How does one go from a Ph.D. in atomic physics in Ireland, to a master's in public policy in the U.S., to being the youngest-ever SVP of Canada's biggest company, to becoming a managing director of Citi in the city that never sleeps — all by the age of 32? One does it in part by welcoming change.
Anita Sands, a self-described "career nomad" and a member of the migrant "creative class," is an official agent of change. In her last role, as SVP of Toronto-based RBC — Canada's largest corporation, with US$600 billion in assets — Sands was head of innovation and process design. She is recognized as a catalyst in RBC's reinvention as a Web 2.0 organization.
Sands has just been hired as a managing director at New York-based Citi ($2.1 trillion in assets) — an organization with more than three times the assets of RBC and a far more global reach, into 100 countries worldwide. She has come to work for Marty Lippert, who was her boss at RBC before being appointed CIO of Citi last summer. [At press time, Lippert was promoted to chief operations and technology officer.]
So what characteristics equip Sands, who is head of transformation management at Citi, to serve in her new role? "Anywhere in the organization you have a responsibility to be an agent of change," she says. But "some [executives] are more comfortable with that."
Training in various disciplines has helped, Sands explains. "Grounded in quantitative analysis" from physics, Sands won a prestigious Fulbright scholarship to Carnegie Mellon University, where she obtained a master's in public policy and management, and became executive director of the university's Software Industry Center.
To effect change, Sands continues, "You need two things: the right mind-set, starting with challenging the status quo; and the right discipline. Then you have to find and retain a team of talented people and make them comfortable that more often than not you're going to fail." And when that happens, she adds, "It's your responsibility to be upbeat."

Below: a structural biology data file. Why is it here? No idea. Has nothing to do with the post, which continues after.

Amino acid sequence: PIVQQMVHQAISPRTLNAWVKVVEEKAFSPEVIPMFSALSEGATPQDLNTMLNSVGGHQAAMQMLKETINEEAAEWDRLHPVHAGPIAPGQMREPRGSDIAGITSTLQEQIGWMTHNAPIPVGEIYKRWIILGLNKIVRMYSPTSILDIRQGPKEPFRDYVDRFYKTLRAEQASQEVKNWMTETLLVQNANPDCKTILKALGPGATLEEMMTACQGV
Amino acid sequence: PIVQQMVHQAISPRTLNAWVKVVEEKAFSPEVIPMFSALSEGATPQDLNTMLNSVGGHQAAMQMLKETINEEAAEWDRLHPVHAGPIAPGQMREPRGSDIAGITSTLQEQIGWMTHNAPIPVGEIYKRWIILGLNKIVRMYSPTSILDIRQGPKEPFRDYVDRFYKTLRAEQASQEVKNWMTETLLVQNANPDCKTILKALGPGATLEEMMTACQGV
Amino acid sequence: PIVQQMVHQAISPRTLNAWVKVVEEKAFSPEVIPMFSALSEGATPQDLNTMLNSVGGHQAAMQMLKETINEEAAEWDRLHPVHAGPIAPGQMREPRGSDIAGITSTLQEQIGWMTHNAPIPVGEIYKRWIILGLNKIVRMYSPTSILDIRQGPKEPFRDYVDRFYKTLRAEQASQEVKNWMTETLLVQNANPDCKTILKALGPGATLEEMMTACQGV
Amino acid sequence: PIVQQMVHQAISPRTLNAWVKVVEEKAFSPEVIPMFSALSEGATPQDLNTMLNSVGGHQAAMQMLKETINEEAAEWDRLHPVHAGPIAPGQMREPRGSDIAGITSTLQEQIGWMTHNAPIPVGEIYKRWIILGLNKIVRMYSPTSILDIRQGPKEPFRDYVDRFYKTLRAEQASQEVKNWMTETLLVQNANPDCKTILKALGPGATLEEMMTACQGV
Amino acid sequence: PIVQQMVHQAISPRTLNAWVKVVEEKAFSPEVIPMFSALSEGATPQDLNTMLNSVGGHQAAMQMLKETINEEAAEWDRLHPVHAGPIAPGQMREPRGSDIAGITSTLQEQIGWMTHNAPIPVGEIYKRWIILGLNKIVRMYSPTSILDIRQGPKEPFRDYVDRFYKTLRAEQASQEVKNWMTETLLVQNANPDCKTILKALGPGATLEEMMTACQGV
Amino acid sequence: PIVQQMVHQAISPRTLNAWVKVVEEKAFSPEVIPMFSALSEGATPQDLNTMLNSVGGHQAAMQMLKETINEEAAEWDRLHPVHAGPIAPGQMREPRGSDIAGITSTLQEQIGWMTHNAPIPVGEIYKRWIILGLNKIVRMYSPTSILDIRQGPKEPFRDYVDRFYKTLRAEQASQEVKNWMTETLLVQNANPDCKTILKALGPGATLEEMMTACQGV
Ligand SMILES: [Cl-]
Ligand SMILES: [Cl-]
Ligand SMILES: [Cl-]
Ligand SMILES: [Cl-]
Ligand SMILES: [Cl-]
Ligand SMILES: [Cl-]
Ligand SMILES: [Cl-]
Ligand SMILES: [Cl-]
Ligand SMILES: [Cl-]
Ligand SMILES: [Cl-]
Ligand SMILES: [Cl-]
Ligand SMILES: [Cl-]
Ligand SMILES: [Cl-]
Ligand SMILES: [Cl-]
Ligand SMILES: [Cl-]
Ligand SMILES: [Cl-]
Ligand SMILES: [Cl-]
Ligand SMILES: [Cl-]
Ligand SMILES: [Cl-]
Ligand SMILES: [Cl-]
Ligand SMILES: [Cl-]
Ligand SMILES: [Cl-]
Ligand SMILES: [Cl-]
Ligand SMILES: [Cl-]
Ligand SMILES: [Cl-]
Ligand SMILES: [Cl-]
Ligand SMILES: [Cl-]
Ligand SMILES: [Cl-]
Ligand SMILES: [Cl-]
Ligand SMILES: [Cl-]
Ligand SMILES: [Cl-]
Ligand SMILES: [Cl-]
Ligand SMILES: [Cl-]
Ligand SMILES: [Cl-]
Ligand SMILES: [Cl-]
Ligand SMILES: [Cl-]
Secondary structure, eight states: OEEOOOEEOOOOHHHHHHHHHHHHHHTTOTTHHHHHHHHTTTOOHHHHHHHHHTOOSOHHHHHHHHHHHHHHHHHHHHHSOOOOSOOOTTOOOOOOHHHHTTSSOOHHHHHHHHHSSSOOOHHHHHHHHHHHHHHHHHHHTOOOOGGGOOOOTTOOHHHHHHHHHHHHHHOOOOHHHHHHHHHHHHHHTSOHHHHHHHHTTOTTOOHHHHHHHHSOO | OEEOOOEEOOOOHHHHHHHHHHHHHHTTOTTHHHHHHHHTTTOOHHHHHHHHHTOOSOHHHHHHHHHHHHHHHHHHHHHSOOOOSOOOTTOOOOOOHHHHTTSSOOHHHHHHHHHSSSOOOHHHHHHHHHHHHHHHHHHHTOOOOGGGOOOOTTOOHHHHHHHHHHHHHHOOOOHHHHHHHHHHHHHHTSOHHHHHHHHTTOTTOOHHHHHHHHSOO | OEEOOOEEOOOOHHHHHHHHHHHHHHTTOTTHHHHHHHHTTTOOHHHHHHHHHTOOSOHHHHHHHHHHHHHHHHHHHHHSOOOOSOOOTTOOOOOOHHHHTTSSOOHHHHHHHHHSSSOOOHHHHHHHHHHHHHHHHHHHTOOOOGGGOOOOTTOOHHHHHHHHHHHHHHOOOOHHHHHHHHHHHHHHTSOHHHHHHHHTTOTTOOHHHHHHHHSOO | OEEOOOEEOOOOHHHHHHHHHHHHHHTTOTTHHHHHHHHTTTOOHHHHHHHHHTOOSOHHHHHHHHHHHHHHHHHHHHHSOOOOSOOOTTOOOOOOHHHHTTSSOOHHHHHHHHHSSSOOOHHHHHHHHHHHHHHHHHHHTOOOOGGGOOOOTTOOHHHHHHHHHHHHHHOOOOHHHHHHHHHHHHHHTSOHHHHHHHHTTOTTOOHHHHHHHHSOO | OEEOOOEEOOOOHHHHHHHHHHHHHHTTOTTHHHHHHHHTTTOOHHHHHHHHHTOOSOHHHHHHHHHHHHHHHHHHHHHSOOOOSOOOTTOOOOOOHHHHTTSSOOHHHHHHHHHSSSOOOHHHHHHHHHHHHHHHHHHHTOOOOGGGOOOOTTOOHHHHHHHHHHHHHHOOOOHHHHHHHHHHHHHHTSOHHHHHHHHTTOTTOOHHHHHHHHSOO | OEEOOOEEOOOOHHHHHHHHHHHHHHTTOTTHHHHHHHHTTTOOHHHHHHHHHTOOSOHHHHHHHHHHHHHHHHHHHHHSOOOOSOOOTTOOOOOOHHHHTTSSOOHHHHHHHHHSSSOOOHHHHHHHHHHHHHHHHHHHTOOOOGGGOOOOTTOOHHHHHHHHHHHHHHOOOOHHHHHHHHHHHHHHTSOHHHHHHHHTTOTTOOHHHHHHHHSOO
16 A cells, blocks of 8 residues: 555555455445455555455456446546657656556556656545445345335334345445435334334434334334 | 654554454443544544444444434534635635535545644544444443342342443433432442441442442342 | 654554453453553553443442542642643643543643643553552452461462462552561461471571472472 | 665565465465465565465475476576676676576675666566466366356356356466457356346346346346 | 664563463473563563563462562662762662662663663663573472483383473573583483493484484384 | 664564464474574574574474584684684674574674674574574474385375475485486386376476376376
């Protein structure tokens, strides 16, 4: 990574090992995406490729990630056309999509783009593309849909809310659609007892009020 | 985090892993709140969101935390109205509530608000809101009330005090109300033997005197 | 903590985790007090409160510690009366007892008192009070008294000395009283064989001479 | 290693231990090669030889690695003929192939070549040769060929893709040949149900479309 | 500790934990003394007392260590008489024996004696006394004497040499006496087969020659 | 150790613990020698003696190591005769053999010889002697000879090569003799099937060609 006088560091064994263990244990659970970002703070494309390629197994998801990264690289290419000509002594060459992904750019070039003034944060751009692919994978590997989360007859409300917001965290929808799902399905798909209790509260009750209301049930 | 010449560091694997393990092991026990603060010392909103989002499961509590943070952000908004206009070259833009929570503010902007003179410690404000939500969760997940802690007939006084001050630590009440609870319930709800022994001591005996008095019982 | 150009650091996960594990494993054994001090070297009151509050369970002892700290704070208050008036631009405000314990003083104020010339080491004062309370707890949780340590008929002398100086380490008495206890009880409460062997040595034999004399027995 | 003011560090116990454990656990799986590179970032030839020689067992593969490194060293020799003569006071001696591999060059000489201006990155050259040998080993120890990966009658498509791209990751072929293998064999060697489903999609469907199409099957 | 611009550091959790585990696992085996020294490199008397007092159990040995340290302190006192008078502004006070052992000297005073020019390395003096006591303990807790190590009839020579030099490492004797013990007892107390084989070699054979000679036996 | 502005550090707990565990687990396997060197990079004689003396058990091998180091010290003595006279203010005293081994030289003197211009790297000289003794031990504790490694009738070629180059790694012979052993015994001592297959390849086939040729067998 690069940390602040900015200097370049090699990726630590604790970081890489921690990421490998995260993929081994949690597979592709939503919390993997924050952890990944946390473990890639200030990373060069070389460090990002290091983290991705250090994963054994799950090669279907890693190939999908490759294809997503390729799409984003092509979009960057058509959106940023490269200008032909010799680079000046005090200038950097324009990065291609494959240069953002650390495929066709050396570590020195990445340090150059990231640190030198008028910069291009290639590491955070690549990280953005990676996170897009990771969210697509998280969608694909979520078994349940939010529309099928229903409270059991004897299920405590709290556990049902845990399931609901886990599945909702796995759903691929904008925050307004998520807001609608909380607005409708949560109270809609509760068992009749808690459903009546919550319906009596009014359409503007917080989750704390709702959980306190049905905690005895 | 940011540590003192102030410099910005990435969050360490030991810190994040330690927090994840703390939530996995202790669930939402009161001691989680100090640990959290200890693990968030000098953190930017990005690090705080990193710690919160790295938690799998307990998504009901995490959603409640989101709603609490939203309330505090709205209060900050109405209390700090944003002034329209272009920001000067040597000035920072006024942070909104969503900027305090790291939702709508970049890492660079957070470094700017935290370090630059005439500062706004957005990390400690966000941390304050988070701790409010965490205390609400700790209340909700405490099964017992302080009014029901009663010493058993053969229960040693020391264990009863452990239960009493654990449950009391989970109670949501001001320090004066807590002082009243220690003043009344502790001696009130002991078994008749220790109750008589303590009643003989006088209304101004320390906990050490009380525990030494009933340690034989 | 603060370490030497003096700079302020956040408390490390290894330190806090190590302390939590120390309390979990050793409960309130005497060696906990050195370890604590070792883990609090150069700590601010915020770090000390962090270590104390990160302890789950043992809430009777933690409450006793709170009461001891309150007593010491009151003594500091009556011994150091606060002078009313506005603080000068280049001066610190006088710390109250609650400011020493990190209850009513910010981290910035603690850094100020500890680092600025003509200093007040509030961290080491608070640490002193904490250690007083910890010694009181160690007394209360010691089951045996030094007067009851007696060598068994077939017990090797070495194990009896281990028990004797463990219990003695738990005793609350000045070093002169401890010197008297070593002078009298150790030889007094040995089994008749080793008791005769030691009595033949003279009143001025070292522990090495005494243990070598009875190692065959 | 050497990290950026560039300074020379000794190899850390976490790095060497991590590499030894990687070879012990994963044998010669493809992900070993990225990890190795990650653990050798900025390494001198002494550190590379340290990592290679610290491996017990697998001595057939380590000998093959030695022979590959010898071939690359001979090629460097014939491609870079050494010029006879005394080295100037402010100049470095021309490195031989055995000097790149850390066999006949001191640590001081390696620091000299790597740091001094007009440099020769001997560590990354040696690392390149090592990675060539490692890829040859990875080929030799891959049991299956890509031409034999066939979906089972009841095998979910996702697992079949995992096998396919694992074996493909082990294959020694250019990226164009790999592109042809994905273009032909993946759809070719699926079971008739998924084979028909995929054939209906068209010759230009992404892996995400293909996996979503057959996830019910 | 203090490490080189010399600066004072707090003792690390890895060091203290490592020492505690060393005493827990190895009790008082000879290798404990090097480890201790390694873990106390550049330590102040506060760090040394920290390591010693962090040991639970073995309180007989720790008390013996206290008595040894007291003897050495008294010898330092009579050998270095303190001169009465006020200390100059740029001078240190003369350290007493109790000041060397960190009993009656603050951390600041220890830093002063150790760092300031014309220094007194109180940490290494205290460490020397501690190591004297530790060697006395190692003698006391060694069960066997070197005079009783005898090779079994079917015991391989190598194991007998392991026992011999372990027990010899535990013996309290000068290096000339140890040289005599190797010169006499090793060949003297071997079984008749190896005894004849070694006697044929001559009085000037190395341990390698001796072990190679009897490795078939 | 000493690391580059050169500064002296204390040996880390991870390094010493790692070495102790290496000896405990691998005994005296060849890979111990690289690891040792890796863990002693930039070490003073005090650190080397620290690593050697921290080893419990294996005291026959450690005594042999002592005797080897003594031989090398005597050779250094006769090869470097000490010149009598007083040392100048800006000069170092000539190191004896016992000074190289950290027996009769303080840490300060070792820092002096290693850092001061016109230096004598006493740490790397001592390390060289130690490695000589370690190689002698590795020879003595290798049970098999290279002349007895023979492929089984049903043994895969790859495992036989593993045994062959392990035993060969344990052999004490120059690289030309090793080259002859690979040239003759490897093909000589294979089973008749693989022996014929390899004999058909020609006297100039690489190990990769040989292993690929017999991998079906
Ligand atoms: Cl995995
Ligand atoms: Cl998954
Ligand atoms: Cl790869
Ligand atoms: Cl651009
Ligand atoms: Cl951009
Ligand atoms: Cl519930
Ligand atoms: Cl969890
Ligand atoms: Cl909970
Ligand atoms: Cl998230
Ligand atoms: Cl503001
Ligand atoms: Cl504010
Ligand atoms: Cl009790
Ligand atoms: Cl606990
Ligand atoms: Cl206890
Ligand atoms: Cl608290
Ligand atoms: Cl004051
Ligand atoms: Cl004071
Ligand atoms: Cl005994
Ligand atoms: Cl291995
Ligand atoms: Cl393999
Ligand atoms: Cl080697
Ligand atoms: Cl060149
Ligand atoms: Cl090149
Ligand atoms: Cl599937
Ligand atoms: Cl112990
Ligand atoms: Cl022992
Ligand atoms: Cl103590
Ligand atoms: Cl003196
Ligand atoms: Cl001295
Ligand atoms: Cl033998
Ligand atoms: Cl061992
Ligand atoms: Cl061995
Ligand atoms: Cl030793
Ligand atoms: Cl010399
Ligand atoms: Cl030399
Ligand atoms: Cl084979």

That reflexive optimism was evident in Sands' "we'll make it work" pre-interview texts — encoded in a shorthand often understood only by Gens X and Y. It also, perhaps, makes her loath to discuss any examples of failed ideas, or even to use the word "failure" — "I prefer to say, 'learnings,'" she indicates. The biggest lesson for her, she says, was realizing that you can only change a corporation once you understand its culture, a prerequisite to "finding a common language." "As I used to say to my team, 'You need to accept that you're not working for Cirque du Soleil; you're working for a bank,'" remarks Sands.
A Vision of Transformation
Fortunately, RBC has been a visionary bank. When the financial institution became one of the first banks on Facebook in August 2007 and began paying student bloggers to get its message out to their peers, Sands was only five years removed from her own student days. While RBC saw it as somewhat important to have a young person lead its use of Web 2.0 technologies, when it came to recognizing the full implications of Web 2.0, "I wasn't the only one that got that," she says. "The thing that set Royal apart was a broader vision of transformation. Web 2.0 was just a piece," Sands adds.
"Web 2.0 is not about the tools," she explains. Rather it's a new way of communicating that empowers the individual. "You're only as good as your most disgruntled customer on Facebook at night," Sands remarks.